Roberts made record-setting appearance for Chicago 70 years ago

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Roberts, the Black Hawks assistant trainer, was doing odd jobs at Chicago Stadium when starting goalie Harry Lumley declared himself unfit to return for the third period after injuring his knee in the first period of game against the Detroit Red Wings on Nov. 25, 1951. 

There was no better candidate to fill in for the final 20 minutes than Roberts, who had all of nine games of NHL goaltending experience. That he was within a couple of weeks of turning 46, and that his nine games were played between 1925-33, seemed of no concern to Chicago coach Ebbie Goodfellow.

The start of the third period was delayed so that Roberts could suit up. He would stop everything that came his way in the Black Hawks’ 5-2 loss (shot totals weren’t kept in those days), Chicago’s season-high home-ice crowd of 12,208 watching him face a Red Wings team that featured the famed “Production Line” of center Sid Abel, right wing Gordie Howe and left wing Ted Lindsay.

The lineups for the Nov. 25, 1951 game between the Chicago Black Hawks and Detroit Red Wings, goalie Moe Roberts penned in beneath Harry Lumley, and Lumley in 1951 action with Chicago.

 

In going in goal, Roberts set two NHL records:

At 45 years, 347 days of age, he became the oldest goalie to appear in an NHL game, eclipsing the record of Lester Patrick (44 years, 99 days), the coach who appeared in the 1928 Stanley Cup Final in emergency relief for his New York Rangers. Roberts was the oldest player at any position in NHL history at the time, Howe (52 years, six days) and Chris Chelios (48 years, 71 days) having since passed him.

And the 25-year, 352-day span between Roberts’ first and last NHL game remains the longest ever for a goalie; it leads Martin Brodeur (22 years, 282 days), Gump Worsley (21, 175), Jacques Plante (20, 155) and John Vanbiesbrouck (20, 129). Three skaters have longer spans: Howe (33, 178), Jaromir Jagr (27, 87) and Chelios (26, 29).

The emergency stint was just one highlight in the remarkable life of Roberts, given name Morris or Maurice, depending on your choice of government certificate.

Born Dec. 12, 1905 in Waterbury, Connecticut and raised in Somerville, Massachusetts, he would become a goalie for the amateur Boston Athletic Association. It was with the Unicorns that Boston Bruins coach and GM Art Ross discovered him, signing him as a practice goalie and stick boy.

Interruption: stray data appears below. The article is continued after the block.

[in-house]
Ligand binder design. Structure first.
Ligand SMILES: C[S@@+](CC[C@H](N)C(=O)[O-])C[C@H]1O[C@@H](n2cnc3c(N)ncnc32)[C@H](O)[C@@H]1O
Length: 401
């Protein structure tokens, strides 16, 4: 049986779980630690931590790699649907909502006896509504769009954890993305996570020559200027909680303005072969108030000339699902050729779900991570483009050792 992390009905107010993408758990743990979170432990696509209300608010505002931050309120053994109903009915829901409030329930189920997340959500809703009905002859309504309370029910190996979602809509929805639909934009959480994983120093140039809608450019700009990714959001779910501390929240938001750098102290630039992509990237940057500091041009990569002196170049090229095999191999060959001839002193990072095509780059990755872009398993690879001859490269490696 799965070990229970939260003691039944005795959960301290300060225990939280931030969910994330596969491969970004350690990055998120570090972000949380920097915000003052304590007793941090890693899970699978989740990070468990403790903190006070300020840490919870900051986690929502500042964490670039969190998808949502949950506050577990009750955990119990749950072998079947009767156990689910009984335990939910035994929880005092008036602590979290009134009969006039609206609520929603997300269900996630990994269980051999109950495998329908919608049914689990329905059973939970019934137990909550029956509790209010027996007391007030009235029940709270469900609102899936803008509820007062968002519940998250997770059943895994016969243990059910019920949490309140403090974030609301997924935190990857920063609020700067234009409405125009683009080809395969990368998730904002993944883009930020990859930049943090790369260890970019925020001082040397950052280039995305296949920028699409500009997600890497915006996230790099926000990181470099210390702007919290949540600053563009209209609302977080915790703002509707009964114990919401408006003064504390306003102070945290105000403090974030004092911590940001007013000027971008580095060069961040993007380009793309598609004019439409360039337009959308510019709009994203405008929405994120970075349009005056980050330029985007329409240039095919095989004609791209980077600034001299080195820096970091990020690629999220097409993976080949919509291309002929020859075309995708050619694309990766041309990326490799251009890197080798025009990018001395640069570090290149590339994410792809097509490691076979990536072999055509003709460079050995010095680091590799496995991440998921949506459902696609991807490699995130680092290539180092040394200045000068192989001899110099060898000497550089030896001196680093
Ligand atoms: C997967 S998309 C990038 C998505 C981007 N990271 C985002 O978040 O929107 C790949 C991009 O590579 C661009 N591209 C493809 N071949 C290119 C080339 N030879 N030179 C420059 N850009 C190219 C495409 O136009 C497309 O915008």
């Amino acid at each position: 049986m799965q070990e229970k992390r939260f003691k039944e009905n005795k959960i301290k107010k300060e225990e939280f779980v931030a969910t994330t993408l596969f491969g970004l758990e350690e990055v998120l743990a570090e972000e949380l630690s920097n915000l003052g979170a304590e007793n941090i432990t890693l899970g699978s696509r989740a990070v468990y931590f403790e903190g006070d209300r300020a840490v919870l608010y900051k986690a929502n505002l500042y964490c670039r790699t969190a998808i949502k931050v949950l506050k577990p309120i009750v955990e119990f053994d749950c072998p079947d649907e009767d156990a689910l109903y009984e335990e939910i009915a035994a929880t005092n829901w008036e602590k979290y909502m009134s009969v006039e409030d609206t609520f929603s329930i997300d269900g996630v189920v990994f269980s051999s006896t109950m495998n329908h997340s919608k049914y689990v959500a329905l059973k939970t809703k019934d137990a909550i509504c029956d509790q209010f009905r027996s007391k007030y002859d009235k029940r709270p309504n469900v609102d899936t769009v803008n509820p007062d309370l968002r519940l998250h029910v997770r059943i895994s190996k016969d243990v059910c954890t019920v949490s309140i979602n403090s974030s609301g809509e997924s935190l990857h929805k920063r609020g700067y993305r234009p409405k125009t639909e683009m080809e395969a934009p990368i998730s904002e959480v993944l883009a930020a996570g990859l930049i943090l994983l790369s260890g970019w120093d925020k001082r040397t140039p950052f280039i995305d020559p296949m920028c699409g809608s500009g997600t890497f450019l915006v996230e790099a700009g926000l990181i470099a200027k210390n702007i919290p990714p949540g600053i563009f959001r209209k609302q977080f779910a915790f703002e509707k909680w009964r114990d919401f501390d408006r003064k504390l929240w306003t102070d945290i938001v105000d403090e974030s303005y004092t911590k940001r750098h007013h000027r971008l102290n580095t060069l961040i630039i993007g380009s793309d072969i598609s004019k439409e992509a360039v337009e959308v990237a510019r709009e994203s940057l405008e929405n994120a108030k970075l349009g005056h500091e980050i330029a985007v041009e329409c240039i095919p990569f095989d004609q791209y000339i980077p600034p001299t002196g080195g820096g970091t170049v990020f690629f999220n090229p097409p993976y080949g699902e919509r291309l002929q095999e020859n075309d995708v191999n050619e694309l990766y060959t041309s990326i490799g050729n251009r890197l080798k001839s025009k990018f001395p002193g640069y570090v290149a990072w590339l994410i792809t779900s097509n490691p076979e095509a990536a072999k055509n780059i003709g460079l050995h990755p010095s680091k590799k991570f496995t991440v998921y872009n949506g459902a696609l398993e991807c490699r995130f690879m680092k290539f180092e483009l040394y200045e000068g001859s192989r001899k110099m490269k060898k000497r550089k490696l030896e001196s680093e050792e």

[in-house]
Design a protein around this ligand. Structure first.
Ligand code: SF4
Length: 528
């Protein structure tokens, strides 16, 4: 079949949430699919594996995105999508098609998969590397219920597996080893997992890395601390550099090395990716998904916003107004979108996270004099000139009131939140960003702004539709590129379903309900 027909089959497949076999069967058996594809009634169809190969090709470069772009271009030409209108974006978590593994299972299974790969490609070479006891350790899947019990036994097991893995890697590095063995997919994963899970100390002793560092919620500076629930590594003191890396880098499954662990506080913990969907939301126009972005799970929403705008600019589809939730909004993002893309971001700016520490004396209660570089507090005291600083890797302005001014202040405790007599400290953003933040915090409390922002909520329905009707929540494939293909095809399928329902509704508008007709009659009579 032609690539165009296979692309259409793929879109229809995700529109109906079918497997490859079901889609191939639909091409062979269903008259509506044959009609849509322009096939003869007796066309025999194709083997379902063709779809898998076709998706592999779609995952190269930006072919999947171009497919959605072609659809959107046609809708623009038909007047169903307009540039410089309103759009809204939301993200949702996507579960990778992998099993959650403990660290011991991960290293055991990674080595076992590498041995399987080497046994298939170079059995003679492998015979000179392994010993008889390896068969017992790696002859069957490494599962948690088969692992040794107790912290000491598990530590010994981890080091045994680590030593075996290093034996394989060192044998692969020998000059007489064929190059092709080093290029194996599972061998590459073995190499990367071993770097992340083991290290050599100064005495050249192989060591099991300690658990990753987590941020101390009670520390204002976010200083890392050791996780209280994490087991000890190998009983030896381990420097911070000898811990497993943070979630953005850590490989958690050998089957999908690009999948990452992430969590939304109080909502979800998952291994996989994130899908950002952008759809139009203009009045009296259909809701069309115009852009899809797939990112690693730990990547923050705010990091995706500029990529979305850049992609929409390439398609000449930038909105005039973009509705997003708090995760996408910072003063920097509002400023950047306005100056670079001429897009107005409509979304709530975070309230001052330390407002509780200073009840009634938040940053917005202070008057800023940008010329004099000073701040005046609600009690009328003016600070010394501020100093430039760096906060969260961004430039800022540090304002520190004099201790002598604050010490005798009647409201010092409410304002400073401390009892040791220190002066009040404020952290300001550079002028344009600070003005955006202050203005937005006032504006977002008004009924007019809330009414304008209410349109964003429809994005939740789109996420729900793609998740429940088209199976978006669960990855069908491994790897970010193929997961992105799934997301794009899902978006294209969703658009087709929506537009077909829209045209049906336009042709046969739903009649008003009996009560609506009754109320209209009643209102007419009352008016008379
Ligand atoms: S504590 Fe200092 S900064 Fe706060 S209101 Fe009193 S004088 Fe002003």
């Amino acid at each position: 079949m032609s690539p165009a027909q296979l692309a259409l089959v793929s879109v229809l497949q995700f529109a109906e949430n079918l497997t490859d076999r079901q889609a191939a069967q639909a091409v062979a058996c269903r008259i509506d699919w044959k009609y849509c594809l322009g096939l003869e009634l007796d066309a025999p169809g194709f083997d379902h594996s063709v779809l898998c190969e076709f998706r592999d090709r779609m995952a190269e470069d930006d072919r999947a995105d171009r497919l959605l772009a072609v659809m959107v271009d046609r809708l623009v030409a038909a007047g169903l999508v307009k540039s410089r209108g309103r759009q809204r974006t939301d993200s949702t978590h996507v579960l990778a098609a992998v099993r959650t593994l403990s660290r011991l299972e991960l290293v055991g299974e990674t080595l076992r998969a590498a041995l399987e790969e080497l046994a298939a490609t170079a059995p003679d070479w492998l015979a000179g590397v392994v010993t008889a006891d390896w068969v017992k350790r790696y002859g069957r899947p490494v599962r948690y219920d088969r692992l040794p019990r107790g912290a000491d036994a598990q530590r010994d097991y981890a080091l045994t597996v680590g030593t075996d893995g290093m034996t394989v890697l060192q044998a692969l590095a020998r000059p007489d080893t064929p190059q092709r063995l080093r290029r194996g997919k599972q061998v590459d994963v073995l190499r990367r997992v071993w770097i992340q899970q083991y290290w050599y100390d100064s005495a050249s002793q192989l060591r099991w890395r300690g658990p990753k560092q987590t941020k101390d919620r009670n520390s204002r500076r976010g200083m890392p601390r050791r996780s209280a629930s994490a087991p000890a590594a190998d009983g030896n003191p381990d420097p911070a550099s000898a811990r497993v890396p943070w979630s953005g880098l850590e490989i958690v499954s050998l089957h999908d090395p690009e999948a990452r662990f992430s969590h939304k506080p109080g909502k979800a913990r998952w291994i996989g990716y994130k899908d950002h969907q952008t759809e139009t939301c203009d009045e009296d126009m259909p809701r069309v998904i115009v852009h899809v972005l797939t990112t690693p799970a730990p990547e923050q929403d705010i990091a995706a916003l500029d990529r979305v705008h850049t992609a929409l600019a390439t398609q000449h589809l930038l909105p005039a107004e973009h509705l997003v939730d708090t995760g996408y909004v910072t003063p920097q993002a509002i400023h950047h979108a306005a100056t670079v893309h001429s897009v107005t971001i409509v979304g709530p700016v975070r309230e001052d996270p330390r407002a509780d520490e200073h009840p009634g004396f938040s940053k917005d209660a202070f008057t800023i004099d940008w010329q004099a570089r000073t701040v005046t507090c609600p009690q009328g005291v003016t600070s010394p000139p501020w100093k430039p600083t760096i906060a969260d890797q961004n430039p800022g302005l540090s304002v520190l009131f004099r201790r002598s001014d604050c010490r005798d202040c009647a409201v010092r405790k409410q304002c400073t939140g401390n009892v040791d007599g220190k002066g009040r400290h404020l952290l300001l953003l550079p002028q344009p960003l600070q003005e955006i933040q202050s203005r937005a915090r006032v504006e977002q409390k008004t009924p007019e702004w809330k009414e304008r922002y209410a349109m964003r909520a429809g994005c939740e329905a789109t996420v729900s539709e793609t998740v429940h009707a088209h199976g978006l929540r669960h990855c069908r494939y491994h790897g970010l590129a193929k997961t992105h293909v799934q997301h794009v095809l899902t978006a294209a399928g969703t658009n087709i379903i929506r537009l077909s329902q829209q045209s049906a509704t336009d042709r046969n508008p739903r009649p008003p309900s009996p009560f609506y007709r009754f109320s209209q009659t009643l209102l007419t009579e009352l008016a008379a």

Roberts was four days from his 20th birthday on Dec. 8, 1925, probably taping sticks at Boston Arena, when Bruins goalie Charlie “Doc” Stewart, a dentist when he wasn’t in the net, suffered a badly slashed leg early in the second period against the visiting Montreal Maroons, leaving to be stitched up with the score 2-2. In went Roberts, who surrendered nothing over roughly 35 minutes in what would be a 3-2 victory.

New York Americans goalie Moe Roberts kneels following a goal during a 7-3 loss on Nov. 28, 1933 to Toronto at Maple Leaf Gardens.

 

“Roberts was given a big hand as he warmed up with all the Boston team firing testing shots at him,” a game report read. “The Bruins substitute goalie was under bombardment from the opening whistle of the final period but acquitted himself creditably.”

(At age 19 years, 351 days, Roberts then was the youngest U.S.-born player in NHL history. Lumley remains the youngest goalie ever, making his debut for the war-depleted Red Wings on Dec. 19, 1943 at 17 years, 38 days.)

Roberts played again three nights later, in Pittsburgh against the Pirates, losing 5-3, then vanished into the minors until he resurfaced on March 10, 1932 with the New York Americans, defeating the crosstown rival New York Rangers 5-1.

Again, he was an emergency reliever, filling the skates of an ailing starter Roy Worters. Enthused the Brooklyn Times Union, as unearthed by hockey historian Stephen Smith:

“(Roberts) filled them capably at all times, sensationally at some, bringing down volleys of applause from the assemblage during the play and receiving ovations when he came on the ice for the second and third periods.”

Goalie Moe Roberts is seen far left of the front row in this team photo of the 1932-33 minor pro Canadian-American Hockey League New Haven Eagles.

Roberts was back for six more games for the Americans in 1933-34, substituting for the injured Worters, going 1-4 with a 4.46 goals-against average, then slipped back into the minors for the next eight seasons, achieving his greatest fame in Cleveland with the International, then American league’s Falcons and Barons from 1936-42.

The 1937-38 Barons won 21 in a row, Roberts earning four of his five shutouts that season during the streak, then won the Calder Cup championship the following year.

At 36, he left the game on Oct. 23, 1942, enlisting in the Navy as a ship’s cook. Roberts returned from his war service to play for Washington of the Eastern league in 1945-46, then a season of senior hockey in 1947-48 with Munsee in the Ohio State League. 

Roberts’ brief NHL career saw him go 3-5 with a 3.71 goals-against-average; 16 seasons in the minor pros saw him have a 2.48 GAA with 56 shutouts, 2.38 GAA with five shutouts in the postseason. 

He would latch on with the Black Hawks as assistant trainer and practice goalie, strapping on the pads when required, and in 2005, 30 years after his death at age 69, he was inducted into the U.S. Hockey Hall of Fame, elected to the Cleveland Hockey Legends Ring of Honor the same year.

Roberts is quietly celebrated for a colorful career that spanned four decades, from the 1920s into the 1950s. No team should be more appreciative of him than the Blackhawks, who during Thanksgiving week 70 years ago were grateful for his unexpected, record-setting play in a Chicago sweater. 

Photos: U.S. Hockey Hall of Fame; Hockey Hall of Fame
 

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